The above are all generic ideas, and are only a part of the complexity of modern IO systems. They are sufficient, however, to summarize the factors that cause IO bottlenecks on most seismic processing jobs, in general, and MsPASS in particular. In the next section we describe how the current versions of the parallel readers and writers of MsPASS are designed to improve IO performance on clusters. We also appeal to the concepts above in the final section that discusses known bottlenecks in IO performance to avoid.

Parallel IO in MsPASS

We use parallel containers in MsPASS to provide a mechanism to handle data sets that cannot fit in cluster memory. As stated numerous times in this User’s Manual we use what is called a “bag” in dask and “RDD” (Resiliant Distributed Data) in pyspark for this purpose. To be truly parallel creation of a bag/RDD must be parallelized. Similarly, saving the result of a computation defined as one of them should also be parallelized. If they were not parallelized the IO stage(s) would nearly always be the throttle controlling the run time. In this section we discuss our current implementation to help the user understand current limitations of that processing.


For both dask and pyspark the parallel read method is a function called read_distributed_data. The docstring and the :ref:CRUD operations<CRUD_operations> section of this manual have more details on the nuts-and-bolts of running this function, but from the perspective of IO performance it may be helpful to discuss how that function is parallelized for different options of arg0, which defines the primary input method to the function.

  1. DataFrame input. When the input is a DataFrame each worker is assigned a partition of the received DataFrame to read. As a result there will be one reader for each worker defined for the job. Readers work through the rows of the DataFrame that define the partition to output a bag/RDD of data objects with the same partitioning as the DataFrame. The scheduler assigns additional partitions to workers as they complete each one as usual. Note normally the output bag/RDD never exists as a complete entity but defines only an intermediary stage of the data passed down a pipeline to other processing algorithms. Note that the database is accessed in this mode only if normalization during reading is requested (see Normalization) or if any data are stored with gridfs.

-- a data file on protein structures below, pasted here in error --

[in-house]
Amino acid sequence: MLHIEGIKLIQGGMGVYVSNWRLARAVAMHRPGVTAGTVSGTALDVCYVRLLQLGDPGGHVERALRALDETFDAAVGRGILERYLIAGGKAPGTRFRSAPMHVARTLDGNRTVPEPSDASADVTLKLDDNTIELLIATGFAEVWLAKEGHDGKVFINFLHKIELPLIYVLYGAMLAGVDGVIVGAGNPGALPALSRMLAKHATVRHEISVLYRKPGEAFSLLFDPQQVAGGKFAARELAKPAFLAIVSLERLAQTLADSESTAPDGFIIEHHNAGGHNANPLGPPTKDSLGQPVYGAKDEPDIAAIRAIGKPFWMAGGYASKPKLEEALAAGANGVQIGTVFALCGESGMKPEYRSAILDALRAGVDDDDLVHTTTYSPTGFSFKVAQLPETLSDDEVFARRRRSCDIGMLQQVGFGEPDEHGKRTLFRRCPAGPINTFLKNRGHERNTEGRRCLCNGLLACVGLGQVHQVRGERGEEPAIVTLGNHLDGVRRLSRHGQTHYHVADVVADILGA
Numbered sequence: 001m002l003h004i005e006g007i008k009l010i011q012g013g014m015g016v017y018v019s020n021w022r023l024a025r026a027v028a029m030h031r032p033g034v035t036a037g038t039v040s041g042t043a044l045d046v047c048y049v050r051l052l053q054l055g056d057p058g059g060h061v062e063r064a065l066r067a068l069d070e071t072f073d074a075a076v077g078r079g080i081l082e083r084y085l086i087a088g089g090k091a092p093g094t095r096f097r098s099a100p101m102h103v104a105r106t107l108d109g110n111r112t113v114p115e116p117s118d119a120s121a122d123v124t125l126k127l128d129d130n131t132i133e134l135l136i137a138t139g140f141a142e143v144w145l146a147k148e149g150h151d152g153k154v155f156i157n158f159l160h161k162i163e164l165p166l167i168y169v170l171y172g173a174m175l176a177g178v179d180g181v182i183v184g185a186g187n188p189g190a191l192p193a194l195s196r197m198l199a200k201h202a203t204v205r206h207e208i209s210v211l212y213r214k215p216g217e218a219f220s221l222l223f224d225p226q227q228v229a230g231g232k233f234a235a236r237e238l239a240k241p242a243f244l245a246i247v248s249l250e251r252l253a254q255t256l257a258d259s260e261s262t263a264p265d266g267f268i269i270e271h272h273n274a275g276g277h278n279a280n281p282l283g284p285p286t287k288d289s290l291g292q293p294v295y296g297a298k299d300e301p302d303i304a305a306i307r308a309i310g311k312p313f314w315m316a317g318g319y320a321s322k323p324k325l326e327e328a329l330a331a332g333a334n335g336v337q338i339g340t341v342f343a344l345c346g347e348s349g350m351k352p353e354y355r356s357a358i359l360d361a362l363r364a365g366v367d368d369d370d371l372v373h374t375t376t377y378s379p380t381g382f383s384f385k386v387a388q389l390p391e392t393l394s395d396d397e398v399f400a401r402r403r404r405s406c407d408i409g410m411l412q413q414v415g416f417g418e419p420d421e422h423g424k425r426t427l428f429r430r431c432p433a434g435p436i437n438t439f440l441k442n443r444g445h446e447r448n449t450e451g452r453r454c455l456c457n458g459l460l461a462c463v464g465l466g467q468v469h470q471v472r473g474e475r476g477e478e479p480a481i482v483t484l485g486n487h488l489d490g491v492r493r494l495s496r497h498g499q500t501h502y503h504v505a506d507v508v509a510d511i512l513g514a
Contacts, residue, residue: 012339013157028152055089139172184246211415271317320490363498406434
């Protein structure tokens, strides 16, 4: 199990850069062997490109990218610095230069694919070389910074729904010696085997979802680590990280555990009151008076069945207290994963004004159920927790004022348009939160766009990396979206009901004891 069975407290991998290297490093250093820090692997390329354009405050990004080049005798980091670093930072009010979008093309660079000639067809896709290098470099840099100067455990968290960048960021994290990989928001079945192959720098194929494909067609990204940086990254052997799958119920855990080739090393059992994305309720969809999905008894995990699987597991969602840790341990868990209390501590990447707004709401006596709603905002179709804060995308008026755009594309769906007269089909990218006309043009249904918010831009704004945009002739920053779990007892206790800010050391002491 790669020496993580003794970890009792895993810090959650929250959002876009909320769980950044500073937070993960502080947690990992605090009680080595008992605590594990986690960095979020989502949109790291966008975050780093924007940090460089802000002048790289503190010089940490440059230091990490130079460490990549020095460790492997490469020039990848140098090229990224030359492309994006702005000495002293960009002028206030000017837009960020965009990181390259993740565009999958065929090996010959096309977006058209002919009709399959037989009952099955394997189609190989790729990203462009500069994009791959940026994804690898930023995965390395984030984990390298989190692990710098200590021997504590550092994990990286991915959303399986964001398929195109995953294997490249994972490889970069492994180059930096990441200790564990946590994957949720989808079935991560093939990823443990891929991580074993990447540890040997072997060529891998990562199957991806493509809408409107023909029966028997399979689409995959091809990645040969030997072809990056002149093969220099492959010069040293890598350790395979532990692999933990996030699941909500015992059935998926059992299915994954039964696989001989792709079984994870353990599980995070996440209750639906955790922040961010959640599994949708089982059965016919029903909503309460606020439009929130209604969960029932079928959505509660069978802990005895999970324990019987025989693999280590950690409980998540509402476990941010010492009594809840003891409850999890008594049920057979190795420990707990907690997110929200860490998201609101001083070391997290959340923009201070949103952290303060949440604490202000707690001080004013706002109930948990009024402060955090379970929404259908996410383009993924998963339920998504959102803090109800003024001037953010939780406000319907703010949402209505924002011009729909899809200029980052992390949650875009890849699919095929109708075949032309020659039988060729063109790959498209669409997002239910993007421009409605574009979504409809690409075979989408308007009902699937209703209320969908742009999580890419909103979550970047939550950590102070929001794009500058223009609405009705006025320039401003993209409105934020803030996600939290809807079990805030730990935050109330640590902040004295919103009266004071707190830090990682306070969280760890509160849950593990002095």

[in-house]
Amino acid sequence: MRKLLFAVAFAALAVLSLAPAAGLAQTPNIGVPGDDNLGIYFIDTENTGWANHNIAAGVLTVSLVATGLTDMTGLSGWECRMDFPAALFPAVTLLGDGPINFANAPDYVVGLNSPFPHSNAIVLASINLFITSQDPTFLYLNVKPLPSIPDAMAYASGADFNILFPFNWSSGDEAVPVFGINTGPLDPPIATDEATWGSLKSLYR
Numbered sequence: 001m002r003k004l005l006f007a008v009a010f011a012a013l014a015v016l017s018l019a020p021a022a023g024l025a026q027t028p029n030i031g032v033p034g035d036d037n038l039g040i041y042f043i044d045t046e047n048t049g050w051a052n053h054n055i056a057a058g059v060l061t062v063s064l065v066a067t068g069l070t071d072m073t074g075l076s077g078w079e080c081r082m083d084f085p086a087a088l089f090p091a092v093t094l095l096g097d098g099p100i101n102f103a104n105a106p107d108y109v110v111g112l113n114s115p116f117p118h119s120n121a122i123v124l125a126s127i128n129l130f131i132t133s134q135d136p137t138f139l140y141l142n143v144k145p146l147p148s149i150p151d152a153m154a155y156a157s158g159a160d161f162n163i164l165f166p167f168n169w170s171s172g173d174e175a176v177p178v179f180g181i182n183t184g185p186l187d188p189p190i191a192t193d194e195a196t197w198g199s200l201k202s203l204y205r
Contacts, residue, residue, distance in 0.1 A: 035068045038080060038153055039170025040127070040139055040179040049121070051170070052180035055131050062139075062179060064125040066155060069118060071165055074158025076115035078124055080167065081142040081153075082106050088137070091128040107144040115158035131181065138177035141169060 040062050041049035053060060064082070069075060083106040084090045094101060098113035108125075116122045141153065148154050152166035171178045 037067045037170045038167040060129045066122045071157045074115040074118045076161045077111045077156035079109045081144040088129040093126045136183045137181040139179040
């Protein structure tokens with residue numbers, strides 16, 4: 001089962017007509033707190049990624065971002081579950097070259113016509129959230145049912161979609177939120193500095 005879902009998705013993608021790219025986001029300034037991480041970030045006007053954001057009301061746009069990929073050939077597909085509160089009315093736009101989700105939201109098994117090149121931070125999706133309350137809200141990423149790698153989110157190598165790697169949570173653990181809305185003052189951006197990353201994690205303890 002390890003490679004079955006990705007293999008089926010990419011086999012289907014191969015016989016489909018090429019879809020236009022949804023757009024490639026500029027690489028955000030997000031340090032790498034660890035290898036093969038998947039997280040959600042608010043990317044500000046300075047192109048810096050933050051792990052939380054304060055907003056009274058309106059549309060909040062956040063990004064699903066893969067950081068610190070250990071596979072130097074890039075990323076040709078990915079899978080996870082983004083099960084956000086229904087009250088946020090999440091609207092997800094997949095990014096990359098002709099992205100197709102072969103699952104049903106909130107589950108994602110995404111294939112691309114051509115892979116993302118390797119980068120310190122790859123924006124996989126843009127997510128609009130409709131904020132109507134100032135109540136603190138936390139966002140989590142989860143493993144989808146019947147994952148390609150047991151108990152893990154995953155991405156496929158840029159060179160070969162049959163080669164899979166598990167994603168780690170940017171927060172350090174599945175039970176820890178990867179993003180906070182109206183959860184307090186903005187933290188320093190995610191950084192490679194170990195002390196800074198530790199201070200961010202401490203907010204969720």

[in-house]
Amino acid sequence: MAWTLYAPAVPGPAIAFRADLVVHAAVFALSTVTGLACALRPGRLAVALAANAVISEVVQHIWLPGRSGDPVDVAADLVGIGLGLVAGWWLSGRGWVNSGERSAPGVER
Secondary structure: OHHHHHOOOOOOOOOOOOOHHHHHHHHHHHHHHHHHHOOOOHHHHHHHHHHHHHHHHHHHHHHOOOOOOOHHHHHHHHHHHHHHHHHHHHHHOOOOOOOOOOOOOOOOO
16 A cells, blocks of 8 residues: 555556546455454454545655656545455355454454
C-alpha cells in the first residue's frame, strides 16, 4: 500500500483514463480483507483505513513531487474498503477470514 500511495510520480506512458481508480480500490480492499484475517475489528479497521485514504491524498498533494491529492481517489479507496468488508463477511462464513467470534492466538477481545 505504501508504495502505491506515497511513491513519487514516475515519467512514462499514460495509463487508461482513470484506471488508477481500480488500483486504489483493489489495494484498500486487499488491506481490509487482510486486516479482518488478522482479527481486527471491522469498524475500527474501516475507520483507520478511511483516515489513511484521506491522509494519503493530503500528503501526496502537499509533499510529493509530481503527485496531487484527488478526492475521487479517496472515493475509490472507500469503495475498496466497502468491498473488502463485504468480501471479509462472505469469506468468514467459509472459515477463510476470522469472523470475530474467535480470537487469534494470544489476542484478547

2. Database input. Database input is, in many respects, a variant of DataFrame input with an added serial processing delay. That is, when the input is a Database handle it applies an optional query (default is the entire wf collection specified) and then attempts to load all wf documents. To allow for very large data set where the documents alone would overflow the available memory space the function has a scratchfile option that stages the results to a scratch file before creating the bag/RDD. Users should recognize that a large delay is built into this process by the time required to construct the intermediate list of documents, particularly if a scratchfile is used. Once the bag/RDD of documents is created the reader parallelization works the same as for a DataFrame with minor differences that have little to no impact on performance.